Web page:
The Honourable Joyce Murray, Minister of Fisheries, Oceans and the Canadian Coast Guard
“Our government recognizes that the active involvement of Inuit is essential to protect the health of our oceans. This initiative led by the Spence Bay Hunters and Trappers Association will help increase Inuit capacity for conservation of the Arctic ocean while creating jobs in Inuit communities. Inuit leadership and knowledge is an essential component to the sustainable stewardship of our Arctic marine environments.”
The Honourable Daniel Vandal, Minister of Northern Affairs
“It’s a beautiful land, there’s a lot of wildlife. For it to be protected from mining and oil and gas exploration, that’s our main goal. We want our next generation, and the generations that are coming, to experience what we experienced as hunters. The marine guardian program will help us gather information to get a management plan together to keep the wildlife safe and environment clean. We want to create jobs for the future, and for Canada to come and see Aviqtuuq in its natural state.”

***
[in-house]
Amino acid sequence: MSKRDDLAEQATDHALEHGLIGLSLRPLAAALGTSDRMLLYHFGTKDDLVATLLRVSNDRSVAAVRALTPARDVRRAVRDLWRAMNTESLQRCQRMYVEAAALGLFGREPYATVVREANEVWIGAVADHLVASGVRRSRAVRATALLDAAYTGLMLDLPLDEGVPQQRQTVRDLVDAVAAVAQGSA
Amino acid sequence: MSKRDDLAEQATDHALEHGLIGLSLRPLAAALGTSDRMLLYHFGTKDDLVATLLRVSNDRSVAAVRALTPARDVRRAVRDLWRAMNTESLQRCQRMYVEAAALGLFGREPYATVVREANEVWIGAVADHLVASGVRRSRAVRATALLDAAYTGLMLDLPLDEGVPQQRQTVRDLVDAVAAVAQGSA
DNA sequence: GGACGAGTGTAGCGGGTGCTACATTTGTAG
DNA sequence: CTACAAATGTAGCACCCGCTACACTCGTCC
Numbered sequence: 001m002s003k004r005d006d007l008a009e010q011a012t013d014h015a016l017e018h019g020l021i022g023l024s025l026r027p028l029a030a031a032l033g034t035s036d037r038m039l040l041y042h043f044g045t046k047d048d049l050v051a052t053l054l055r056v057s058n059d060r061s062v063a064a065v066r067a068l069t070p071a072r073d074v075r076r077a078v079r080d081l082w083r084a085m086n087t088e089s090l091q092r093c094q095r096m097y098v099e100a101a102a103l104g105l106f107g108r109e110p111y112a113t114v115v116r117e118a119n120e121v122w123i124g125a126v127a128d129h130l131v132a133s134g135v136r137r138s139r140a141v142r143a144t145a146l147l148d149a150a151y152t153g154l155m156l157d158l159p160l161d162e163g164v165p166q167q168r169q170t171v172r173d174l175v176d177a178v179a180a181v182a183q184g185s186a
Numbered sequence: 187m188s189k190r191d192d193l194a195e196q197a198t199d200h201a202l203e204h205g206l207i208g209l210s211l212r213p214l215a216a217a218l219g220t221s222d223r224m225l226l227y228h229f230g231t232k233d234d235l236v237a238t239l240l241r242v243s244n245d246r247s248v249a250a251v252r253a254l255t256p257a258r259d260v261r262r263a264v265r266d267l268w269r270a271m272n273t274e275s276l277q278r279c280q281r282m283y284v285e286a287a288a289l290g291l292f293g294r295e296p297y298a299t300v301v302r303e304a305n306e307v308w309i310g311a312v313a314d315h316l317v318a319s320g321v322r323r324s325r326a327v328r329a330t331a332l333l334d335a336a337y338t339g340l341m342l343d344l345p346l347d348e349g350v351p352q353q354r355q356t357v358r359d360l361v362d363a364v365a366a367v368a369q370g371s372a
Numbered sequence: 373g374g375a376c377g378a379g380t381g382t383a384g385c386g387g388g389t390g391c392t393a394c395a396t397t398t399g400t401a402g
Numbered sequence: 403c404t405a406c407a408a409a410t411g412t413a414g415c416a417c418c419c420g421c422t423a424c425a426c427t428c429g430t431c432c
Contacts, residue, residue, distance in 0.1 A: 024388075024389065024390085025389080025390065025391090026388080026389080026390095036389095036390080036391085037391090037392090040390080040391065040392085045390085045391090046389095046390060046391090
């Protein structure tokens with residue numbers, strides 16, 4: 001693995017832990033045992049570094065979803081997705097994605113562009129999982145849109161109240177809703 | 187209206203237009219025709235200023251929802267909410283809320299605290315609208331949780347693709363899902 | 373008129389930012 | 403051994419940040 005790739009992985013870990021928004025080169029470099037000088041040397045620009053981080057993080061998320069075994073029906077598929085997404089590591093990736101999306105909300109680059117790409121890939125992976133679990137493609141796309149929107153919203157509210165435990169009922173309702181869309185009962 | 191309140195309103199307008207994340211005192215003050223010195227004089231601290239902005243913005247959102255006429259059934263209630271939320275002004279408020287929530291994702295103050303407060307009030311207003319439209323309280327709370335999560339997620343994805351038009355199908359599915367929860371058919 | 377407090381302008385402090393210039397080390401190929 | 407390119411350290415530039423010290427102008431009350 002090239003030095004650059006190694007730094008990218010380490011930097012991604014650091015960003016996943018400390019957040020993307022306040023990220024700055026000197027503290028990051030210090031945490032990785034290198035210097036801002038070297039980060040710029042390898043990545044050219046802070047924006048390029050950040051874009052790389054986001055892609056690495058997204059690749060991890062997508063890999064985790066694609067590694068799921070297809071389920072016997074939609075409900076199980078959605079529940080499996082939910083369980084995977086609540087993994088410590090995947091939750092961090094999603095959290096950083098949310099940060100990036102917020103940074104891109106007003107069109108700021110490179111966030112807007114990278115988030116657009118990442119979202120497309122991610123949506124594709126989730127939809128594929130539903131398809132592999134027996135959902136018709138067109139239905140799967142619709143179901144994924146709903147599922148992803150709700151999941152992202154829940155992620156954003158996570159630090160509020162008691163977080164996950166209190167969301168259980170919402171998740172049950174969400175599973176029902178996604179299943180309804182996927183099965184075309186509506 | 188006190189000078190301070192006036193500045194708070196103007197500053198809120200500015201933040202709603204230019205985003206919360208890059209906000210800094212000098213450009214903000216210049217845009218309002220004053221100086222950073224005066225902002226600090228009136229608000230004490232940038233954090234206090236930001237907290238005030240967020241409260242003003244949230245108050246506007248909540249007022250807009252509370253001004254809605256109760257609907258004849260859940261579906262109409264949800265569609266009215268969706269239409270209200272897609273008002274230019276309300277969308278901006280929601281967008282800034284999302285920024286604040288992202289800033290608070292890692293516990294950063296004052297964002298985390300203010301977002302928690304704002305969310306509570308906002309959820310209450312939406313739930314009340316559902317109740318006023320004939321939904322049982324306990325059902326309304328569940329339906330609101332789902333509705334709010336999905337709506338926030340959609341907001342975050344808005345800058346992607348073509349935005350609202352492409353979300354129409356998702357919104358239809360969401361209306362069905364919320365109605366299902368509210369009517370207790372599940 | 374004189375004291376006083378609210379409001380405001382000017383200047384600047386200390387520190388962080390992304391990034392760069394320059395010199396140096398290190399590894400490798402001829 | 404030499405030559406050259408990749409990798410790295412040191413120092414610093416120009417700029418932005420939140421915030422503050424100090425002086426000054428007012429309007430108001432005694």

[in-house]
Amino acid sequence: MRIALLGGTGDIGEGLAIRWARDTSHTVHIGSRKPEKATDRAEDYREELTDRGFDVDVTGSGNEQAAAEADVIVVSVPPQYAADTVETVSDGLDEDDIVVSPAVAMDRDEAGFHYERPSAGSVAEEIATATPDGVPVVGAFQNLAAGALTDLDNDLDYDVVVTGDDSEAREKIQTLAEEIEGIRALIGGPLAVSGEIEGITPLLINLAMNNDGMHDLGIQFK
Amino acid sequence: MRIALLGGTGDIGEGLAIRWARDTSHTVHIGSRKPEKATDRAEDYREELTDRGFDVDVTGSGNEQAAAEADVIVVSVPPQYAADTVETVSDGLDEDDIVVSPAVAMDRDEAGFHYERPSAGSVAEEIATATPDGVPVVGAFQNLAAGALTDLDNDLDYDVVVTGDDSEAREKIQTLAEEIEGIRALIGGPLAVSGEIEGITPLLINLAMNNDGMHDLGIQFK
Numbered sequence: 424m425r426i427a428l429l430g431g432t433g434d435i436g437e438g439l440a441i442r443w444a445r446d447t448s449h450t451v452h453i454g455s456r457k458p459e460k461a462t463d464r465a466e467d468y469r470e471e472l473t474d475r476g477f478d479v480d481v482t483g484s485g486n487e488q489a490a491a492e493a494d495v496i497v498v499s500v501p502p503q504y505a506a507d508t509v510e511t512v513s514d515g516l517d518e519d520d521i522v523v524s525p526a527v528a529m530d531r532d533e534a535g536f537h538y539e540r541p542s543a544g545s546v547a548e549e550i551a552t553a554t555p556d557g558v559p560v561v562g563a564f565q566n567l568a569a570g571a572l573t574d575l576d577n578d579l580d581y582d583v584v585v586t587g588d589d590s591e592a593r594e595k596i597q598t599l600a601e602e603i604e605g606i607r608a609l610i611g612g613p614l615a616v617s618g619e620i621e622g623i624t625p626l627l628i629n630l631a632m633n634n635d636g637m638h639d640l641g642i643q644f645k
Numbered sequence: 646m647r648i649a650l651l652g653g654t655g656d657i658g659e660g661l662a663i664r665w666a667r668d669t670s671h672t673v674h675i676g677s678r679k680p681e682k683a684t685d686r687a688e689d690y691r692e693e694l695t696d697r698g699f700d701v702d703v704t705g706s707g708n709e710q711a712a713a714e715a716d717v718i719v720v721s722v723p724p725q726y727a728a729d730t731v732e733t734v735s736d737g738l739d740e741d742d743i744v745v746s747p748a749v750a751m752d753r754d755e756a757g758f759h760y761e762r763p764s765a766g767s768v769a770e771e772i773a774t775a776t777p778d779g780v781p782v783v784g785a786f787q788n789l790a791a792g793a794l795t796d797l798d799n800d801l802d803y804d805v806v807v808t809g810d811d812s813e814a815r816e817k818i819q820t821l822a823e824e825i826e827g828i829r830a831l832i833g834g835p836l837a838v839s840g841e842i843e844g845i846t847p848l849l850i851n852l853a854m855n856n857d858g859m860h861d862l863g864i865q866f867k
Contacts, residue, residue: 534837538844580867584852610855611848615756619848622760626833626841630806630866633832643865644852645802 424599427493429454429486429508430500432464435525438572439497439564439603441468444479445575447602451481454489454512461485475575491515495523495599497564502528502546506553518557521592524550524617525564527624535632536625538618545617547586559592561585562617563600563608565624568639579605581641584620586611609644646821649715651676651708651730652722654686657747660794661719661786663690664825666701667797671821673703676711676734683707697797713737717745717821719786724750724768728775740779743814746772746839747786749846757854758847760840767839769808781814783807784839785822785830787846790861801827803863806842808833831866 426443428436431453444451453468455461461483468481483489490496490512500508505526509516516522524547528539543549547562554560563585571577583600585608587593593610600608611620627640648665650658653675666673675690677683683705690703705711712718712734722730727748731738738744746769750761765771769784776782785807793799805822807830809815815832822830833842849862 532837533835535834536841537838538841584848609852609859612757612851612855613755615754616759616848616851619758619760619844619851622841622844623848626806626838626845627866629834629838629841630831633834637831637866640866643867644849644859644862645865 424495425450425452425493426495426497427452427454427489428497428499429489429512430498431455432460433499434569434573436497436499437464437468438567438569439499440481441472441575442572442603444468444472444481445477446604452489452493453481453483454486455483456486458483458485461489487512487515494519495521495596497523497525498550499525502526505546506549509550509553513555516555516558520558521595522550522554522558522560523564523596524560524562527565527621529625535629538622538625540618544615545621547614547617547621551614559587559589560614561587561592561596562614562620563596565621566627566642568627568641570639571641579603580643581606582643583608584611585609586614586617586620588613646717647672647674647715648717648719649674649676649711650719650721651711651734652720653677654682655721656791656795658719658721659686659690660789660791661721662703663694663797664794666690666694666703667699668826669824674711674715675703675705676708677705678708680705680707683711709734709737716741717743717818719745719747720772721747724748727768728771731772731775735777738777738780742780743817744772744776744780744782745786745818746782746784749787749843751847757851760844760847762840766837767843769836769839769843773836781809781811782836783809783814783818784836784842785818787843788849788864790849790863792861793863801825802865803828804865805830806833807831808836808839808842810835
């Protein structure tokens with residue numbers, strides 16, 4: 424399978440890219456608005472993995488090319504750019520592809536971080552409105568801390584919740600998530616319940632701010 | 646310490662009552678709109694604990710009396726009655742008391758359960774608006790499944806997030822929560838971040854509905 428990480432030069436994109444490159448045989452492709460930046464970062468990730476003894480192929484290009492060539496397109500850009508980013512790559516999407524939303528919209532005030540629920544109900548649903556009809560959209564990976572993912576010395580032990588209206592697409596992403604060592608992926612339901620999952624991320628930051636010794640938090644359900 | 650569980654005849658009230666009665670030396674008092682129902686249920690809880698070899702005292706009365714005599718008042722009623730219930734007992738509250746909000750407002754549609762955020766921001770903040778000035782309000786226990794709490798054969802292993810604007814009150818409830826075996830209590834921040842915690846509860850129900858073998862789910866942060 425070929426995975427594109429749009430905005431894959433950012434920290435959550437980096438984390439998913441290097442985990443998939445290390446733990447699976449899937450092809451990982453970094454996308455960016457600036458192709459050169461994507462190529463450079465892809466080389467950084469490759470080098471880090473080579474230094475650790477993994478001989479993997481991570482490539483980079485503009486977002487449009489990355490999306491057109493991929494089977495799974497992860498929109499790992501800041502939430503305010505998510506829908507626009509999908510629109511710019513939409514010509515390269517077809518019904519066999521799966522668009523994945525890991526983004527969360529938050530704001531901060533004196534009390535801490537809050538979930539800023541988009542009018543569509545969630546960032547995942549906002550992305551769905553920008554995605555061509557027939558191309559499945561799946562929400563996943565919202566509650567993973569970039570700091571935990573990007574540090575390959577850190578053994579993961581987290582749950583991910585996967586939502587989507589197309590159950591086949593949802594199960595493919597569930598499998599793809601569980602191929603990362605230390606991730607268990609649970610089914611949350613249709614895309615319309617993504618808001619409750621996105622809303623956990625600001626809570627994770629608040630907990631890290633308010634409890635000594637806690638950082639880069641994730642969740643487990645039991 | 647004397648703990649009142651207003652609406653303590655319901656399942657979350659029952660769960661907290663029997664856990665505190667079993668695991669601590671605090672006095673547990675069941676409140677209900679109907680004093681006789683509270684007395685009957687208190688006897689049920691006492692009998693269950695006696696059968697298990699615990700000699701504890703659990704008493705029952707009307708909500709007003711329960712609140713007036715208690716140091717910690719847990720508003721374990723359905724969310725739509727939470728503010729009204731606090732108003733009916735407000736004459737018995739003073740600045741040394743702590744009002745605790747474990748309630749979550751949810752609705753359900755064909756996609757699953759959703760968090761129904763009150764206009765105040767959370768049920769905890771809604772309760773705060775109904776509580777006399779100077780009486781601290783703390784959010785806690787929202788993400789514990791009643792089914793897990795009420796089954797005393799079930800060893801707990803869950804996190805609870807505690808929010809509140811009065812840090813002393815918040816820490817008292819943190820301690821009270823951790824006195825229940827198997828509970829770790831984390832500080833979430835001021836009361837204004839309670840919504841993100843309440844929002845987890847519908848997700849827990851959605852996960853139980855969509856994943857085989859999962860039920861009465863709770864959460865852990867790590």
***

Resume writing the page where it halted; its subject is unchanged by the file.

Jimmy Oleekatalik, Spence Bay Hunters and Trappers Association Manager and Aviqtuuq Inuit Protected and Conserved Area Project Manager
“The marine guardians announcement made me smile. In the past, money was always tight for the HTA, so I’m very happy that funding is available for marine protection. We need people to look out for what’s happening around the shores of Boothia Peninsula — anything unusual happening shipping-wise, are we getting different types of whales coming in. We’d like to learn more so that we can protect and, at the same time, harvest marine mammals. It helps our goal to go ahead with the Aviqtuuq (IPCA) project, so we can look after our land and animals and make more country food available for our community.”